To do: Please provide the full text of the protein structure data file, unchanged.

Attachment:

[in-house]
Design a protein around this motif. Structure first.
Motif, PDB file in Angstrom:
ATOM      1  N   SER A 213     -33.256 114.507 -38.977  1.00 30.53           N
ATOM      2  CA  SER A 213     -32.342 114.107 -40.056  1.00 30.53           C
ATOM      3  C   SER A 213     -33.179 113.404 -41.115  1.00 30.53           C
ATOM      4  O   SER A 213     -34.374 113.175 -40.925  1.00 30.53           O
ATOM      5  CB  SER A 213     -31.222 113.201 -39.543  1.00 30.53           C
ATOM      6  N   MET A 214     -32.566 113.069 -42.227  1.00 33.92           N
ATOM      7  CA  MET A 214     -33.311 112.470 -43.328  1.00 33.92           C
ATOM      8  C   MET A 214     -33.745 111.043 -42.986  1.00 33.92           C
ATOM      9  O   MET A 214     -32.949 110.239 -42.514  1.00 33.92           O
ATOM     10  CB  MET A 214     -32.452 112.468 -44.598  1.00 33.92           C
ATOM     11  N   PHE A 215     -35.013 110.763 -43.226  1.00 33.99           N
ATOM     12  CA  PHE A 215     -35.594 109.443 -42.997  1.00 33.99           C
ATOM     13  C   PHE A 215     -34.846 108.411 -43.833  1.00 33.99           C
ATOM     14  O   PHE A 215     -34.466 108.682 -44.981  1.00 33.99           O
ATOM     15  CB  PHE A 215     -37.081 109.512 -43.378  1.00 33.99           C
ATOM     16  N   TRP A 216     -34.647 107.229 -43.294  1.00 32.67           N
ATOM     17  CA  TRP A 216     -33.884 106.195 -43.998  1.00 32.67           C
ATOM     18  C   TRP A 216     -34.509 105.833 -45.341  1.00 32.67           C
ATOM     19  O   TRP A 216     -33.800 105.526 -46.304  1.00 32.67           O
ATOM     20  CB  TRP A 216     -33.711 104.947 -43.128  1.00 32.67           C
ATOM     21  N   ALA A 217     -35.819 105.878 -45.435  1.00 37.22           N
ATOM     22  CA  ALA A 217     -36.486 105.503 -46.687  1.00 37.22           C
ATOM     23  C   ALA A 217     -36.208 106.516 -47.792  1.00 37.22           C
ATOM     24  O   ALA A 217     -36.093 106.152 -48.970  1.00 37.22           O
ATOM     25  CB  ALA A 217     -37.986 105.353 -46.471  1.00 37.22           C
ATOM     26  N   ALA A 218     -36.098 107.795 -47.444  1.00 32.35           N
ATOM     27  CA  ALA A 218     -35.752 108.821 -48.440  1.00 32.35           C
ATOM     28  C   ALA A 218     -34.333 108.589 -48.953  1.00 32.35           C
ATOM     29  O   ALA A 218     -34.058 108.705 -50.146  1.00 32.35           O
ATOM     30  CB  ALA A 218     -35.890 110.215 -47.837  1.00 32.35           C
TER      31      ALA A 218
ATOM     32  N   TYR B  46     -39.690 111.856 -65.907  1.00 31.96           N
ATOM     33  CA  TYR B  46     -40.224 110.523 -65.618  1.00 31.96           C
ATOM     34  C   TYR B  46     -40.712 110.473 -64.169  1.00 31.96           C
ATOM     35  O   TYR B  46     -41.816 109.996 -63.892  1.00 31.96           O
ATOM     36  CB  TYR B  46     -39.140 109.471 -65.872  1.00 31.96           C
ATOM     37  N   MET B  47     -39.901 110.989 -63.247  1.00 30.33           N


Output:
[in-house]
Design a protein around this motif. Structure first.
Motif, PDB file in Angstrom:
ATOM      1  N   SER A 213     -33.256 114.507 -38.977  1.00 30.53           N
ATOM      2  CA  SER A 213     -32.342 114.107 -40.056  1.00 30.53           C
ATOM      3  C   SER A 213     -33.179 113.404 -41.115  1.00 30.53           C
ATOM      4  O   SER A 213     -34.374 113.175 -40.925  1.00 30.53           O
ATOM      5  CB  SER A 213     -31.222 113.201 -39.543  1.00 30.53           C
ATOM      6  N   MET A 214     -32.566 113.069 -42.227  1.00 33.92           N
ATOM      7  CA  MET A 214     -33.311 112.470 -43.328  1.00 33.92           C
ATOM      8  C   MET A 214     -33.745 111.043 -42.986  1.00 33.92           C
ATOM      9  O   MET A 214     -32.949 110.239 -42.514  1.00 33.92           O
ATOM     10  CB  MET A 214     -32.452 112.468 -44.598  1.00 33.92           C
ATOM     11  N   PHE A 215     -35.013 110.763 -43.226  1.00 33.99           N
ATOM     12  CA  PHE A 215     -35.594 109.443 -42.997  1.00 33.99           C
ATOM     13  C   PHE A 215     -34.846 108.411 -43.833  1.00 33.99           C
ATOM     14  O   PHE A 215     -34.466 108.682 -44.981  1.00 33.99           O
ATOM     15  CB  PHE A 215     -37.081 109.512 -43.378  1.00 33.99           C
ATOM     16  N   TRP A 216     -34.647 107.229 -43.294  1.00 32.67           N
ATOM     17  CA  TRP A 216     -33.884 106.195 -43.998  1.00 32.67           C
ATOM     18  C   TRP A 216     -34.509 105.833 -45.341  1.00 32.67           C
ATOM     19  O   TRP A 216     -33.800 105.526 -46.304  1.00 32.67           O
ATOM     20  CB  TRP A 216     -33.711 104.947 -43.128  1.00 32.67           C
ATOM     21  N   ALA A 217     -35.819 105.878 -45.435  1.00 37.22           N
ATOM     22  CA  ALA A 217     -36.486 105.503 -46.687  1.00 37.22           C
ATOM     23  C   ALA A 217     -36.208 106.516 -47.792  1.00 37.22           C
ATOM     24  O   ALA A 217     -36.093 106.152 -48.970  1.00 37.22           O
ATOM     25  CB  ALA A 217     -37.986 105.353 -46.471  1.00 37.22           C
ATOM     26  N   ALA A 218     -36.098 107.795 -47.444  1.00 32.35           N
ATOM     27  CA  ALA A 218     -35.752 108.821 -48.440  1.00 32.35           C
ATOM     28  C   ALA A 218     -34.333 108.589 -48.953  1.00 32.35           C
ATOM     29  O   ALA A 218     -34.058 108.705 -50.146  1.00 32.35           O
ATOM     30  CB  ALA A 218     -35.890 110.215 -47.837  1.00 32.35           C
TER      31      ALA A 218
ATOM     32  N   TYR B  46     -39.690 111.856 -65.907  1.00 31.96           N
ATOM     33  CA  TYR B  46     -40.224 110.523 -65.618  1.00 31.96           C
ATOM     34  C   TYR B  46     -40.712 110.473 -64.169  1.00 31.96           C
ATOM     35  O   TYR B  46     -41.816 109.996 -63.892  1.00 31.96           O
ATOM     36  CB  TYR B  46     -39.140 109.471 -65.872  1.00 31.96           C
ATOM     37  N   MET B  47     -39.901 110.989 -63.247  1.00 30.33           N